Britain's double Tour de France champion Chris Froome has urged athletics to follow cycling's lead and invest a lot more money in anti-doping.
Cycling's problems with drugs are well documented but the sport's blackest days appear to be behind it.
But the ongoing doping allegations in athletics threaten to overshadow this month's World Championships in Beijing.
"From what I understand, the testing hasn't been at the level that it is in cycling," Froome told BBC Sport.
He said the International Cycling Union (UCI) spends about four times what the International Association of Athletics Federations (IAAF) does on testing.
"It is going to have to invest a lot more heavily in anti-doping," he added. "That would be a step in the right direction."
|'I can win five more Tours' - full Froome Q&A|
|I was always confident Froomey would win - Thomas|
|Is Froome Britain's greatest cyclist?|
|Video: Britain's greatest road cyclists|
Track and field's governing body spends about £1.3m a year on anti-doping, whereas its cycling equivalent spends closer to £6m, although much of that comes from the professional teams as a condition of their licences to race in UCI competitions, and race organisers.
"I believe some things have changed quite substantially [for cycling] since the dark ages of 10 to 15 years ago when the sport was really dirty," said Froome, in an exclusive interview with the BBC's sports editor Dan Roan.
"The testing has really evolved and the UCI has now implemented 24-hour testing. I have every confidence that the system now really works."
The 30-year-old Briton, who confirmed this week he will be lining up at the Vuelta later this month, revealed that he had been tested at his Monaco apartment on Sunday night and had no problem with being woken up at 3am by testers, if that is what it takes to assure fans he is clean.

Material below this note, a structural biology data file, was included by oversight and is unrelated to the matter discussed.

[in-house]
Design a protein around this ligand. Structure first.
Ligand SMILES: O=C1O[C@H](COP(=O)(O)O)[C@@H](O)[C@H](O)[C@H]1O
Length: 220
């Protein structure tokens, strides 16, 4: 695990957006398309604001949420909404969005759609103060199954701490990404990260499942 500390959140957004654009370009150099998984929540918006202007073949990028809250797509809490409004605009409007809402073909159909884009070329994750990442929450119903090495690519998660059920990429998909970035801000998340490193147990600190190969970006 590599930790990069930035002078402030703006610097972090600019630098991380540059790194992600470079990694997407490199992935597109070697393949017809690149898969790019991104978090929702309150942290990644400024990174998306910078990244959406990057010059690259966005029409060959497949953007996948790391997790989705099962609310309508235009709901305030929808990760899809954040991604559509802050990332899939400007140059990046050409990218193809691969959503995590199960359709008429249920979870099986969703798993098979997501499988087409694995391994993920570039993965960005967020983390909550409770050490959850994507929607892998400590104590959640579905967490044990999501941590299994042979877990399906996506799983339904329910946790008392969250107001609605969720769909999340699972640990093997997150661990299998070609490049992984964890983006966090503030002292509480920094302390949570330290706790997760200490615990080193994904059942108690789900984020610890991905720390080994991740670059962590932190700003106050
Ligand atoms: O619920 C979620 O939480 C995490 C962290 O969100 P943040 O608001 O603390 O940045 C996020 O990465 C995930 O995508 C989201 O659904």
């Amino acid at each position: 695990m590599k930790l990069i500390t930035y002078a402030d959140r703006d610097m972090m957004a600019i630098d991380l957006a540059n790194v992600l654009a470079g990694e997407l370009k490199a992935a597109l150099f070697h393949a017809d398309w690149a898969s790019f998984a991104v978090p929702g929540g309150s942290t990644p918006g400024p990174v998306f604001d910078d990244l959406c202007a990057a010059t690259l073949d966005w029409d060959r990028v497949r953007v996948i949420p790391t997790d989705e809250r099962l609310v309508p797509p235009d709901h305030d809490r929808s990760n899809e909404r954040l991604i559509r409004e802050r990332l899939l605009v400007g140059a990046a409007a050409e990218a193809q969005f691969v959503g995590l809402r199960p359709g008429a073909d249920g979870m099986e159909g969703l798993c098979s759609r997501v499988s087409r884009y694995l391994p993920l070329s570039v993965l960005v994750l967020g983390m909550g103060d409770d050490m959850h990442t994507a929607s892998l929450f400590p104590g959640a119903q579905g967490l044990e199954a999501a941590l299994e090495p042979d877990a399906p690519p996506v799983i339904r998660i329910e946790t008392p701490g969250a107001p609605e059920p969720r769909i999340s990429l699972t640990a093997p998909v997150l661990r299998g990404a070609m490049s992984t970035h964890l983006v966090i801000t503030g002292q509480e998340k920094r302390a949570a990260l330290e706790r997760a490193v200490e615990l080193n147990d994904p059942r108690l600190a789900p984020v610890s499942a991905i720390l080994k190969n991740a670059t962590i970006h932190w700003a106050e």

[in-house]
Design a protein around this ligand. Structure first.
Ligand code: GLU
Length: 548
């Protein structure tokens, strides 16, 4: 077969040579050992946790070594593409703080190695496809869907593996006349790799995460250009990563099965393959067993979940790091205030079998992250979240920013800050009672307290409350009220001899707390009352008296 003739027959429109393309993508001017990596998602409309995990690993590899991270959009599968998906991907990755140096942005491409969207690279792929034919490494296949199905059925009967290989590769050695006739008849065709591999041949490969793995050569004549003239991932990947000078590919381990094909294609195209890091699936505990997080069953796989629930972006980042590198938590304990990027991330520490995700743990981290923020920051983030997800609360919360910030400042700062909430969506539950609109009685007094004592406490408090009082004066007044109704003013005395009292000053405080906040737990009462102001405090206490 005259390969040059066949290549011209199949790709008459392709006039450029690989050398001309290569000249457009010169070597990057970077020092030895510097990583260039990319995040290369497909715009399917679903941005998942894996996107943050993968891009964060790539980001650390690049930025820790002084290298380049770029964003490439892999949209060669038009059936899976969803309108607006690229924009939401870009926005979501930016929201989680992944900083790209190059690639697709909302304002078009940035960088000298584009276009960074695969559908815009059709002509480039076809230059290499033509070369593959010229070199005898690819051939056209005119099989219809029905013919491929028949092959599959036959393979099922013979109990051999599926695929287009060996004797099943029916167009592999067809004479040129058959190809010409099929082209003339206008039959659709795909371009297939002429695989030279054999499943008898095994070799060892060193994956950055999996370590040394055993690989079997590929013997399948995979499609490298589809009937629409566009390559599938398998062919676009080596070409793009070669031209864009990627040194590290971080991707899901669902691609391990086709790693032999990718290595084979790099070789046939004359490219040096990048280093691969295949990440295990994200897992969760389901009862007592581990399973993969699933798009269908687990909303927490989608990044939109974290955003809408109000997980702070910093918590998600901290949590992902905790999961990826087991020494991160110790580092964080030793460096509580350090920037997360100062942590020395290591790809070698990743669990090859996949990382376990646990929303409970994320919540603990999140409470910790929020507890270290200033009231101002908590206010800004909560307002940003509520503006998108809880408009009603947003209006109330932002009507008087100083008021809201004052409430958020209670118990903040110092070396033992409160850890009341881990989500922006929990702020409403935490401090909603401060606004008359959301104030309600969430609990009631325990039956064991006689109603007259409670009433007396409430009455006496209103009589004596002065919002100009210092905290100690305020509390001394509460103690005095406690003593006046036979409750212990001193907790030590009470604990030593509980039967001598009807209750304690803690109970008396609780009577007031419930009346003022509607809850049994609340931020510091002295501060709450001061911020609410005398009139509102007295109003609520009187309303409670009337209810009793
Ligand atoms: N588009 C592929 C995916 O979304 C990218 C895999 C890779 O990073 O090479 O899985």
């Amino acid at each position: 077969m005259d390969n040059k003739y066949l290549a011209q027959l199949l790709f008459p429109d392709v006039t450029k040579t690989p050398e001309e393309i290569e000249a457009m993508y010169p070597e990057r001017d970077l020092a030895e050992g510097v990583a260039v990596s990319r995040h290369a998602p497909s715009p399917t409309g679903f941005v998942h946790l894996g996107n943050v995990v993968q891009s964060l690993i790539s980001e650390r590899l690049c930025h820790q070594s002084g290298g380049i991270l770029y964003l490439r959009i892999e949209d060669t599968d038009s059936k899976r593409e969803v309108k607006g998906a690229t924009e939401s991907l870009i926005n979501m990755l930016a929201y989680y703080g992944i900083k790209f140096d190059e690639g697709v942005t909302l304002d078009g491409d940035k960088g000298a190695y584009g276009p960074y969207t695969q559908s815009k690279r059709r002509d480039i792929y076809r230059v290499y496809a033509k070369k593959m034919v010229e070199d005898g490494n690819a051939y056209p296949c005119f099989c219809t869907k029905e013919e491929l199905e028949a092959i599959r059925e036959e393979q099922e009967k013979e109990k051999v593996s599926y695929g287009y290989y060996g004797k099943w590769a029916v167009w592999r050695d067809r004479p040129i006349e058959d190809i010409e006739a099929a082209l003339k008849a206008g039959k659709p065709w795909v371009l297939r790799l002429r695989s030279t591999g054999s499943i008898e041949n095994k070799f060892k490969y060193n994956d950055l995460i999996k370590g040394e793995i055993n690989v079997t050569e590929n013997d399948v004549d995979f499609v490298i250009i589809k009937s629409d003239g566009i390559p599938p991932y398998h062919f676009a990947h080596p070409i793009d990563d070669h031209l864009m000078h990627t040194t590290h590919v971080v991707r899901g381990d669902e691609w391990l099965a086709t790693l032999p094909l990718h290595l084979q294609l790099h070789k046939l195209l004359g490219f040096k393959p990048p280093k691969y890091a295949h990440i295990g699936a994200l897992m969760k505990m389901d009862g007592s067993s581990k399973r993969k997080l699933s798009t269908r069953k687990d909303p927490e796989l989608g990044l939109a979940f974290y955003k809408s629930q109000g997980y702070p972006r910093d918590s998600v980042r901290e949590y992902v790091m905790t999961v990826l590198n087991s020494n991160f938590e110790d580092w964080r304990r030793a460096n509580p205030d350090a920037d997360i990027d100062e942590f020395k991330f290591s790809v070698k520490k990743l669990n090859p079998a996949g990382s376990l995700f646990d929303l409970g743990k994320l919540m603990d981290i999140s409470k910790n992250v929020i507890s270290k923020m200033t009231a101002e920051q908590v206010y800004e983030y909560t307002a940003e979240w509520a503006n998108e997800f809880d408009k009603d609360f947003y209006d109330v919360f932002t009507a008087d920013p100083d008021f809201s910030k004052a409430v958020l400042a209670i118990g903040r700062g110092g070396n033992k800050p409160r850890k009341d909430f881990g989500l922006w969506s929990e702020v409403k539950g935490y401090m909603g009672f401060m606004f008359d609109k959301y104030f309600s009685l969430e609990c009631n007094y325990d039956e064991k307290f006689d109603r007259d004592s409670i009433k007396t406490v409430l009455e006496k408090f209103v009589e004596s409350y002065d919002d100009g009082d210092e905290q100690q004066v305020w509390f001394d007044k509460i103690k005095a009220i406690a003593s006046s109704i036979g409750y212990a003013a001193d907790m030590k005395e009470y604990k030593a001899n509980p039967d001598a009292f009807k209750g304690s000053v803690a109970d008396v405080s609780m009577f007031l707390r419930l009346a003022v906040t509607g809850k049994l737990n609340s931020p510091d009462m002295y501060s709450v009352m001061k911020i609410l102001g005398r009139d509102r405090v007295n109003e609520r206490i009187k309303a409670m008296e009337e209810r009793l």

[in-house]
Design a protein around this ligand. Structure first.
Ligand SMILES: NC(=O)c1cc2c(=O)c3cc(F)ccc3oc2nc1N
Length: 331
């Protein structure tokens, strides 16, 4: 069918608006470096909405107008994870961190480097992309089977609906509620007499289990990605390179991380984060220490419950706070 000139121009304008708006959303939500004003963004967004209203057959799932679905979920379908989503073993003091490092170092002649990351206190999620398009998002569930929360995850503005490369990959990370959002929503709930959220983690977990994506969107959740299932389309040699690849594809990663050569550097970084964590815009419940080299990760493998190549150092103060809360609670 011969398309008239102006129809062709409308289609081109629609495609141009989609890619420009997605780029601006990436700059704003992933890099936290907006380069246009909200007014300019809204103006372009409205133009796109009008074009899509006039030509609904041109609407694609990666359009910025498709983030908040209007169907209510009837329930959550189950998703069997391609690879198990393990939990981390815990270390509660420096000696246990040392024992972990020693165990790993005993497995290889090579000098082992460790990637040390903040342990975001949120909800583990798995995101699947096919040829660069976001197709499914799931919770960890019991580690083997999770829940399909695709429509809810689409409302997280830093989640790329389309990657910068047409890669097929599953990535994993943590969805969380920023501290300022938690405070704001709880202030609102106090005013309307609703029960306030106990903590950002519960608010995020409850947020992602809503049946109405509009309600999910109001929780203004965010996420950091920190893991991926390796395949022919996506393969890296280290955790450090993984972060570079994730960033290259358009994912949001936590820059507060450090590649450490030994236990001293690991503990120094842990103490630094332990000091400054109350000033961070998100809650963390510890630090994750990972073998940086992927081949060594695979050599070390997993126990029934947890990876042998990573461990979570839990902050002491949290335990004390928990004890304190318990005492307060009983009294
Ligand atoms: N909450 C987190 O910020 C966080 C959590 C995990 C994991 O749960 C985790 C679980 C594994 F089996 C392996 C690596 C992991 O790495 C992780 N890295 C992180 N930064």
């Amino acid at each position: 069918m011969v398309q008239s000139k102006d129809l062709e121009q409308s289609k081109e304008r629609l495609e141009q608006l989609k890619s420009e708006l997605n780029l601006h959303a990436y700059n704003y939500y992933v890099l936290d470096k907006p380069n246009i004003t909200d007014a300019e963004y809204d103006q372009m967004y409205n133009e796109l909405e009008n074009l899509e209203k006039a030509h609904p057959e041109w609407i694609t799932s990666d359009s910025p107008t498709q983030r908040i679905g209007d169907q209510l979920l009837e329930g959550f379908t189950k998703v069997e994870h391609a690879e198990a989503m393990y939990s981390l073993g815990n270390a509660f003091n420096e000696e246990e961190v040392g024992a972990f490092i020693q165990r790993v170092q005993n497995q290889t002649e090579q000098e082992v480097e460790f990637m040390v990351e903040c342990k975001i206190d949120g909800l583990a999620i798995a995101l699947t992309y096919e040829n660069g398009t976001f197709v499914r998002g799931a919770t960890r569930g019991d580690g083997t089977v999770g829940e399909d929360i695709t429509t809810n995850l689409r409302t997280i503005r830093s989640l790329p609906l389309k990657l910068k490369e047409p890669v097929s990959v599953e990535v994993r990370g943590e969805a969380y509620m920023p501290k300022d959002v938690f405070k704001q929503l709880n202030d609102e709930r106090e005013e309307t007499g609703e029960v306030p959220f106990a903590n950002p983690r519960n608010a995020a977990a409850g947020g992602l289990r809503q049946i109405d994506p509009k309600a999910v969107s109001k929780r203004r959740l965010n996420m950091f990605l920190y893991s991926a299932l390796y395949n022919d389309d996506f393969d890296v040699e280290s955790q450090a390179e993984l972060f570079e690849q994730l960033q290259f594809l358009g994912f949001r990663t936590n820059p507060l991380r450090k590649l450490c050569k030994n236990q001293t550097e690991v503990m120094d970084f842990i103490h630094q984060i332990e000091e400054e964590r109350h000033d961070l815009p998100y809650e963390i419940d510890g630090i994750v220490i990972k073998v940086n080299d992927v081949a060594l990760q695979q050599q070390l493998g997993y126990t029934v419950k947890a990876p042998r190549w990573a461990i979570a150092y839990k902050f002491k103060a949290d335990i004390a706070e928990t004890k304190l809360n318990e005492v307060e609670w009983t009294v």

How has athletics reached this point?
Earlier this year, a BBC investigation revealed allegations of doping by leading US track coach Alberto Salazar and one of his star pupils, American distance runner Galen Rupp. Both men deny the claims.
This hit the sport hard, especially coming after revelations about the apparent return of state-sponsored doping in Russia, as well as lingering distrust of the quality of testing in athletics powerhouses Kenya and Jamaica.
But worse was to come earlier this month when a joint investigation by German broadcaster ARD and British newspaper The Sunday Times uncovered a decade's worth of suspect blood values that cast a shadow over six World Championships and three Olympics.
The sense of crisis has not been helped by the fact the IAAF is also in the midst of an election battle to replace long-standing president Lamine Diack, with the two contenders, Ukrainian pole vault legend Sergey Bubka and British running great Lord Coe, trading promises to get tougher with cheats while simultaneously suggesting the sport is being unfairly treated.
A familiar story for cycling